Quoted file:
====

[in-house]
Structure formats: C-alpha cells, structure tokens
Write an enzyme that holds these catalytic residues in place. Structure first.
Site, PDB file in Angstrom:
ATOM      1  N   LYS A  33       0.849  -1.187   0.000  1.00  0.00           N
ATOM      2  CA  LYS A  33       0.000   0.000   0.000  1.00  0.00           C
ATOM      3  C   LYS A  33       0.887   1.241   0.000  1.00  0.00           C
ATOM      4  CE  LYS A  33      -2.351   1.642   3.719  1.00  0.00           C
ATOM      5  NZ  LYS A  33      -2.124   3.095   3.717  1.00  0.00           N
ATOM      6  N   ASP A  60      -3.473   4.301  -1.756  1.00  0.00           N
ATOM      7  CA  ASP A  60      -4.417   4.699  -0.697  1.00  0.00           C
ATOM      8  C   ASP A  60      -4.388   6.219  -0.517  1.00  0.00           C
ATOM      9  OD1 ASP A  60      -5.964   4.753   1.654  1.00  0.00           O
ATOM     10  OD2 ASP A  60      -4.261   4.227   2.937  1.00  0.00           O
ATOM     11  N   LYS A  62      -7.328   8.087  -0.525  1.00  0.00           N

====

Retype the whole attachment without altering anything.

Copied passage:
[in-house]
Structure formats: C-alpha cells, structure tokens
Write an enzyme that holds these catalytic residues in place. Structure first.
Site, PDB file in Angstrom:
ATOM      1  N   LYS A  33       0.849  -1.187   0.000  1.00  0.00           N
ATOM      2  CA  LYS A  33       0.000   0.000   0.000  1.00  0.00           C
ATOM      3  C   LYS A  33       0.887   1.241   0.000  1.00  0.00           C
ATOM      4  CE  LYS A  33      -2.351   1.642   3.719  1.00  0.00           C
ATOM      5  NZ  LYS A  33      -2.124   3.095   3.717  1.00  0.00           N
ATOM      6  N   ASP A  60      -3.473   4.301  -1.756  1.00  0.00           N
ATOM      7  CA  ASP A  60      -4.417   4.699  -0.697  1.00  0.00           C
ATOM      8  C   ASP A  60      -4.388   6.219  -0.517  1.00  0.00           C
ATOM      9  OD1 ASP A  60      -5.964   4.753   1.654  1.00  0.00           O
ATOM     10  OD2 ASP A  60      -4.261   4.227   2.937  1.00  0.00           O
ATOM     11  N   LYS A  62      -7.328   8.087  -0.525  1.00  0.00           N